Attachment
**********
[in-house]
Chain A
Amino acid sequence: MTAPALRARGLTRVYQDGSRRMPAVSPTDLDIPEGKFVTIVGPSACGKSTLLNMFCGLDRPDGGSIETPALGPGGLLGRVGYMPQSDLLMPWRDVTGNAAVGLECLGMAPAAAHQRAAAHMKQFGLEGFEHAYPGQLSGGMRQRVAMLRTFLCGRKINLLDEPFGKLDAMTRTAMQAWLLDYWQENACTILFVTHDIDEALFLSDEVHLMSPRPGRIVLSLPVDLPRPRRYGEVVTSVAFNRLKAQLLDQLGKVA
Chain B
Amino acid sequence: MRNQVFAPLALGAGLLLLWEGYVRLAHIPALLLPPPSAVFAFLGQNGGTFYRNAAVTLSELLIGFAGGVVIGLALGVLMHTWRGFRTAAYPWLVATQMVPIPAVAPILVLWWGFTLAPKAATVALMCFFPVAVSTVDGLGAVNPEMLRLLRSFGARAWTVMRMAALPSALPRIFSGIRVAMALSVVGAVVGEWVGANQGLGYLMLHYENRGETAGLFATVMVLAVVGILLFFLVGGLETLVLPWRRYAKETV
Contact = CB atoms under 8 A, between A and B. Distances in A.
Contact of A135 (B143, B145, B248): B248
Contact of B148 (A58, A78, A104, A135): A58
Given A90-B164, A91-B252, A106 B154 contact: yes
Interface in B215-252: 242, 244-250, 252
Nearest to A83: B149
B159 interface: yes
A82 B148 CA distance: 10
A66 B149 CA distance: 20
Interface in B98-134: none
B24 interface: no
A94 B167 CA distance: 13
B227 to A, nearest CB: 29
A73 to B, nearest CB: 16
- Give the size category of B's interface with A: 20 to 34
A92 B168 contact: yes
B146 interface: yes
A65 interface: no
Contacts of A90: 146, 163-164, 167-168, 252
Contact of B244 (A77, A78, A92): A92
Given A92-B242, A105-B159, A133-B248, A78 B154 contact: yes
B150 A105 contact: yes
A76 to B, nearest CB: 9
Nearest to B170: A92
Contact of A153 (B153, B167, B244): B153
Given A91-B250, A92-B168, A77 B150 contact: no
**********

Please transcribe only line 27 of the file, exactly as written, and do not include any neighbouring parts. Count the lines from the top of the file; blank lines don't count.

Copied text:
B150 A105 contact: yes